Hungarian Folk Figure. Born Lajos Batthyány de Németújvár in Pozsony, present day Bratislava, he attended school in Vienna and joined the army in 1826 serving in the cavalry. In 1831 he moved home to take control of his lands and obtained a law degree in Zagreb. He was a moderate nationalist and a liberal landowner. In 1839 he established a sugar factory on his estate and had a hydro-electric plant built. He became a member of Hungary's Upper House in 1830 and in 1845 he led the forces seeking Hungarian independence from Habsburg rule. In March 1848 he served as a member of the committee that presented Hungarian demands for parliamentary reform to the Austrian imperial court. In April the Austro-Hungarian emperor, Ferdinand, appointed him prime minister of Hungary's new parliamentary government. He proved himself an able leader, but was doomed by circumstance. His government stood between the Austrian monarchy and the Hungarian extremists. In the rebellion to follow, he attempted mediation, but eventually found himself on the side of the rebels. Shortly after resigning his office, he was wounded in an action in the winter of 1848. In January 1849 he was seized while traveling through Pest and was held for trial, charged with treason. He was sentenced to death. The night before the scheduled execution he attempted suicide with a knife. Unsuccessful, his execution was carried out by firing squad the following morning. In 2002 the Batthyány College of Law was named in his honor.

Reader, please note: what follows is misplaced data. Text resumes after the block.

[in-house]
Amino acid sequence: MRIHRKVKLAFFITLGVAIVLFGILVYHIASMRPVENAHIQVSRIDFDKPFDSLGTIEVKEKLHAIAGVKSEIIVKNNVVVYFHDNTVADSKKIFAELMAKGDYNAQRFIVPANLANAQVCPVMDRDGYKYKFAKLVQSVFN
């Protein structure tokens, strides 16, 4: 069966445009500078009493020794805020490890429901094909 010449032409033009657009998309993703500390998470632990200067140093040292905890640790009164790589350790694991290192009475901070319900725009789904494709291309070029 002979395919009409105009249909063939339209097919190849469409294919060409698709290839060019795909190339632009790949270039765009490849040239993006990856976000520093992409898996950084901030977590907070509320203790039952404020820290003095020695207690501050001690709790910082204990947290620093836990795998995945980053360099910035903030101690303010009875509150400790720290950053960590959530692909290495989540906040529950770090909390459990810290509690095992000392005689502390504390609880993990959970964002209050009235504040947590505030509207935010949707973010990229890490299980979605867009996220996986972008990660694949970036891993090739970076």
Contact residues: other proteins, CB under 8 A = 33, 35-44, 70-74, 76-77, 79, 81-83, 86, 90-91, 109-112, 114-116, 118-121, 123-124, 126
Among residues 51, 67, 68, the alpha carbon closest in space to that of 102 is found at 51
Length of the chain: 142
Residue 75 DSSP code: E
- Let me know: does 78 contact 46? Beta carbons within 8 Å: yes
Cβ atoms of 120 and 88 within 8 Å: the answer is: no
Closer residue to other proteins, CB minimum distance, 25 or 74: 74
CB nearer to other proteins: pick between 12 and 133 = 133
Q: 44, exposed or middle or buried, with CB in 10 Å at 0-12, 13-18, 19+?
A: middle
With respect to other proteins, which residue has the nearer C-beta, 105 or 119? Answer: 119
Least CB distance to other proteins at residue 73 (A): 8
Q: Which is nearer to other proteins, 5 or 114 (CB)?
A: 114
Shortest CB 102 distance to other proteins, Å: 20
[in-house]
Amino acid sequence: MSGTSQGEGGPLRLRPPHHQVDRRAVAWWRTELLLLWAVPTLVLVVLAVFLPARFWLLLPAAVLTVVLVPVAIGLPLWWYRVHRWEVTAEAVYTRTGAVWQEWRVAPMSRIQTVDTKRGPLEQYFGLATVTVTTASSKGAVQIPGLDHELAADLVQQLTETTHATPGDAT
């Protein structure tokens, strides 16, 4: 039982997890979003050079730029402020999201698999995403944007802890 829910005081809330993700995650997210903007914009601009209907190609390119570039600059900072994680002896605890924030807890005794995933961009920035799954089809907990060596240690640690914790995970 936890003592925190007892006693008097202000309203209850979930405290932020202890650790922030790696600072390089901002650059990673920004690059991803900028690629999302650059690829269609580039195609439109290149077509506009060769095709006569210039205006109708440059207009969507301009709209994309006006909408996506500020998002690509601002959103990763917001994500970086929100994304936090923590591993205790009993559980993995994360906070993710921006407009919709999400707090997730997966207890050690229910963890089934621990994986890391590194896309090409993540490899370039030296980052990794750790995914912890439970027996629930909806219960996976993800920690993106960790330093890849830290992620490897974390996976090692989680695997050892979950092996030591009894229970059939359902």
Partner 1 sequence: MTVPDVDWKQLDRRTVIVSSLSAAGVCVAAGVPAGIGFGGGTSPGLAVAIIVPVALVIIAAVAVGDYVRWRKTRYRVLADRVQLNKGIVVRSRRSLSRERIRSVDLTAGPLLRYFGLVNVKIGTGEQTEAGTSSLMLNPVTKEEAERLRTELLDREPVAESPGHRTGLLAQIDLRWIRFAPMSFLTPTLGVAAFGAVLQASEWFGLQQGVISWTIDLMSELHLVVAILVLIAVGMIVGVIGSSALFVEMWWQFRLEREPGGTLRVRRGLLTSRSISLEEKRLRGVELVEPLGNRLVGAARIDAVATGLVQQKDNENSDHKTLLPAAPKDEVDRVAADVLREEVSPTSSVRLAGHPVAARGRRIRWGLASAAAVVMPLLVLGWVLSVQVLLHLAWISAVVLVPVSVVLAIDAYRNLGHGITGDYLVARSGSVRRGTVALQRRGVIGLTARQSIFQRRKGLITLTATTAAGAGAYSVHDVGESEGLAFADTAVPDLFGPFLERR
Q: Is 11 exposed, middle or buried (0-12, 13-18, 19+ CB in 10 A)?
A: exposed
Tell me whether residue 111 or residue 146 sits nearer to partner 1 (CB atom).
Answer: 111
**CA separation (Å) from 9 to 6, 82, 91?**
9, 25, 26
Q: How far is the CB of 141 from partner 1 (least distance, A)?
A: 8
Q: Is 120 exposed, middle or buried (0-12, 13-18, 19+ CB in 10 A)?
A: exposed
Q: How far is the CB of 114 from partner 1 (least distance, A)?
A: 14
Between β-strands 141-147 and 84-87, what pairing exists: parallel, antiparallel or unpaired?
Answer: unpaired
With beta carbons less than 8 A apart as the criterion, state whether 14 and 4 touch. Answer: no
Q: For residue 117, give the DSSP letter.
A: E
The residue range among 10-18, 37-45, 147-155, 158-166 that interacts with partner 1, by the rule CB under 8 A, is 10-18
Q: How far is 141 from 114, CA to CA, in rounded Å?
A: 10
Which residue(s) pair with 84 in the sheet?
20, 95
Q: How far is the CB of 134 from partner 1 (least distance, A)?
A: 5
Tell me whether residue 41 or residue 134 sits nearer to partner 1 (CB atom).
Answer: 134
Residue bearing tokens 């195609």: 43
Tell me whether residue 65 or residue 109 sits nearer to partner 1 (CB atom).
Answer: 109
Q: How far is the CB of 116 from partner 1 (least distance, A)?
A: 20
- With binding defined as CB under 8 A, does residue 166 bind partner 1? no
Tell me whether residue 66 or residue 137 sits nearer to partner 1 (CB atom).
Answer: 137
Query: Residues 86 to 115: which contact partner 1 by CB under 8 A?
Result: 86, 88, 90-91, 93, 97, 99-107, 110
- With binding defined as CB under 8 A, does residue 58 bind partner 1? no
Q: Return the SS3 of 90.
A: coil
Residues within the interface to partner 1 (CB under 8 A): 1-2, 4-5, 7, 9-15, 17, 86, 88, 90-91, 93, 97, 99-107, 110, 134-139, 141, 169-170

Bio by: Iola